National Trust for Historic Preservation: Telling the Full History Preservation Fun

The National Trust for Historic Preservation, a public-interest organization dedicated to saving America’s historic places, has launched Telling the Full History Preservation Fund, a one-time grant program that aims to interpret and preserve historic places that are especially important to underrepresented communities including women, immigrants, Asian Americans, Black Americans, Latinx Americans, Native Americans, and LGBTQA communities.

The grants will work to support the core activities of humanities-based organizations as the organizations recover from the pandemic and use historic places as catalysts for a more just and equitable society. Along with the grant funding, National Trust staff will provide technical assistance to grantees.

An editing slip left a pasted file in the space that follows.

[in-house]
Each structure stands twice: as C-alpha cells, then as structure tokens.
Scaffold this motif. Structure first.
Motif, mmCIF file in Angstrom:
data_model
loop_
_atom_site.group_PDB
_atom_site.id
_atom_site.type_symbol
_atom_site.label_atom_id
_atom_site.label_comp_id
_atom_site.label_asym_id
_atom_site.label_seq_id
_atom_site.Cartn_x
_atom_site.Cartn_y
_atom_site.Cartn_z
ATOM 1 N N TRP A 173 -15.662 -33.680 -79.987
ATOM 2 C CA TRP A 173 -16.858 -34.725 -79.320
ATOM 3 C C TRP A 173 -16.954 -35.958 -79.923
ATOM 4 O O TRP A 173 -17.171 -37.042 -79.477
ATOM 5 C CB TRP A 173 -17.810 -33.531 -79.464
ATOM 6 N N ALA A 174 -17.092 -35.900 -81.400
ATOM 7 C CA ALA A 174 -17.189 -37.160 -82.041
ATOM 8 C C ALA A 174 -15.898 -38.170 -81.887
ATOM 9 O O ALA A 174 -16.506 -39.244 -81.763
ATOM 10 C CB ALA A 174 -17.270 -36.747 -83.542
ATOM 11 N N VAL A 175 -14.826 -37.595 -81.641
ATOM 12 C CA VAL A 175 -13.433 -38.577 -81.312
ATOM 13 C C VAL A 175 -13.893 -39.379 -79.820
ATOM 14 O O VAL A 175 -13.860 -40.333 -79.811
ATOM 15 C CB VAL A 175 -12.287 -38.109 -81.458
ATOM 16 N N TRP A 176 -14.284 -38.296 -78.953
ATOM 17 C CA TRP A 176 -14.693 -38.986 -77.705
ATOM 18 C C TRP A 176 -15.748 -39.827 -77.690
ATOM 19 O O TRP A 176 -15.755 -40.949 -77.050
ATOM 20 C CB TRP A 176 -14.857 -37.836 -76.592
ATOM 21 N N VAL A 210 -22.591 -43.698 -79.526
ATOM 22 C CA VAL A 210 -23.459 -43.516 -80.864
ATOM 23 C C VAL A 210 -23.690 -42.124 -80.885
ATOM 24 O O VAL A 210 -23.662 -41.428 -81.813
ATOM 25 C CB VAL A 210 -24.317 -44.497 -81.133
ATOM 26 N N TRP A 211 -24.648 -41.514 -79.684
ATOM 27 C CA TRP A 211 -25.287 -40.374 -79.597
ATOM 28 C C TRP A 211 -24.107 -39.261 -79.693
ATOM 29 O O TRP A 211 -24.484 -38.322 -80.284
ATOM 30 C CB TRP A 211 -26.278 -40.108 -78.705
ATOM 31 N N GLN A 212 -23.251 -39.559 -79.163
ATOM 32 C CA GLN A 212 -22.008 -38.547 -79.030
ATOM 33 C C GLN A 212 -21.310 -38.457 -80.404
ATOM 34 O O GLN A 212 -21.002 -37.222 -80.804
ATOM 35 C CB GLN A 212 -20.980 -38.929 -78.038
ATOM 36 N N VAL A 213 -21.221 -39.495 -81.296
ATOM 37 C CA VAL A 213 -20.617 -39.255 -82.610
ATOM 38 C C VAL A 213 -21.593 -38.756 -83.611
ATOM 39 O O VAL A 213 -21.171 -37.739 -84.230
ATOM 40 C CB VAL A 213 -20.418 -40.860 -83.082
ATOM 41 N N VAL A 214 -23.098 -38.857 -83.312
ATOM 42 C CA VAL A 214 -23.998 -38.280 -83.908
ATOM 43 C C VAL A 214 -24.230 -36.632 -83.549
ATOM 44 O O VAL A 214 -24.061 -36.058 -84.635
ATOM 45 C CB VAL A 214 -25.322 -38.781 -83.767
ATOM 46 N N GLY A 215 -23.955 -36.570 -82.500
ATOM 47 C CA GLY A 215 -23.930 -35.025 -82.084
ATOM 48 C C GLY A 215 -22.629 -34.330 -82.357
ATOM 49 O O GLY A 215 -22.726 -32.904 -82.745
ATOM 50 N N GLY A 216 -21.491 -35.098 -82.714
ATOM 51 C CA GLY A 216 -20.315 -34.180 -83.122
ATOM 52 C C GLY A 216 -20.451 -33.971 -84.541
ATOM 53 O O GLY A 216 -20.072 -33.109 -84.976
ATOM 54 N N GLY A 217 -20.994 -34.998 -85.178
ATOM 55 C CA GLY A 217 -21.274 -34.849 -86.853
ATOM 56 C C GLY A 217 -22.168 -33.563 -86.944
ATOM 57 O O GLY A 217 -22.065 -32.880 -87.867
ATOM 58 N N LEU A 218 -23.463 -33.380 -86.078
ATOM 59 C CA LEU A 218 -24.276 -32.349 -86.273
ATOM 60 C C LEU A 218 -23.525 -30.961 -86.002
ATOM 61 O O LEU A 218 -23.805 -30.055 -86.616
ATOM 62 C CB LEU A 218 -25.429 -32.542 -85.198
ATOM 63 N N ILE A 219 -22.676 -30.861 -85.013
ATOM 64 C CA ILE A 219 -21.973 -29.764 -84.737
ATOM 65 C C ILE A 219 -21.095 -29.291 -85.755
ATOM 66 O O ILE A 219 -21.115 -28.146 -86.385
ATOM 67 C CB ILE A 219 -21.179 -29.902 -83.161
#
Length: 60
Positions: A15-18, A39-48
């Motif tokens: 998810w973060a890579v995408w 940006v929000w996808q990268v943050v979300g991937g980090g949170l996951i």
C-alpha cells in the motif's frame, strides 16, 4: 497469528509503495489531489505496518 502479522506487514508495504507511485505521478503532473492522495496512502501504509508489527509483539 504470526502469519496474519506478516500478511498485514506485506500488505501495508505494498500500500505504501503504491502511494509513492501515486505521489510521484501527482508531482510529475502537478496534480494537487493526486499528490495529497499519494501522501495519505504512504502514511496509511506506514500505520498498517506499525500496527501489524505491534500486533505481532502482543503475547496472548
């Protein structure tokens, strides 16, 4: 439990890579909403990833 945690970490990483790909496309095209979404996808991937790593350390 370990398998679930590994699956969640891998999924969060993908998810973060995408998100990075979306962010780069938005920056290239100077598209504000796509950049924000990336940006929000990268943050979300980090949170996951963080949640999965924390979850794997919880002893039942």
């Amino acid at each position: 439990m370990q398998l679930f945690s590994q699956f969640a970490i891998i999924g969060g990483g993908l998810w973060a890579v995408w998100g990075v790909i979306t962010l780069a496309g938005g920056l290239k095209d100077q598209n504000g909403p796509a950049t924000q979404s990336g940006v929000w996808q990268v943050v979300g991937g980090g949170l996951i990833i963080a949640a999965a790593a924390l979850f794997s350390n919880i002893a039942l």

The grant program will provide $25,000 and $50,000 grants to nonprofit humanities-based organizations, accredited public and colleges and universities, as well as state, local, and tribal governmental agencies. Funding will be awarded in the following categories: research, planning, and implementation of humanities-based public interpretive programs that use diverse historical places to tell the full history of the United States; humanities-based research and documentation to enable local, state, and federal landmark designations to recognize places of importance to underrepresented communities; architectural design and planning to advance preservation and activation of historic buildings and landscapes that tell the full history of the United States; and humanities-based training workshops to support underrepresented groups in preserving and interpreting historic places that tell the full history of the United States.

Please contact Daniel Hadley if you are interested in applying to this opportunity.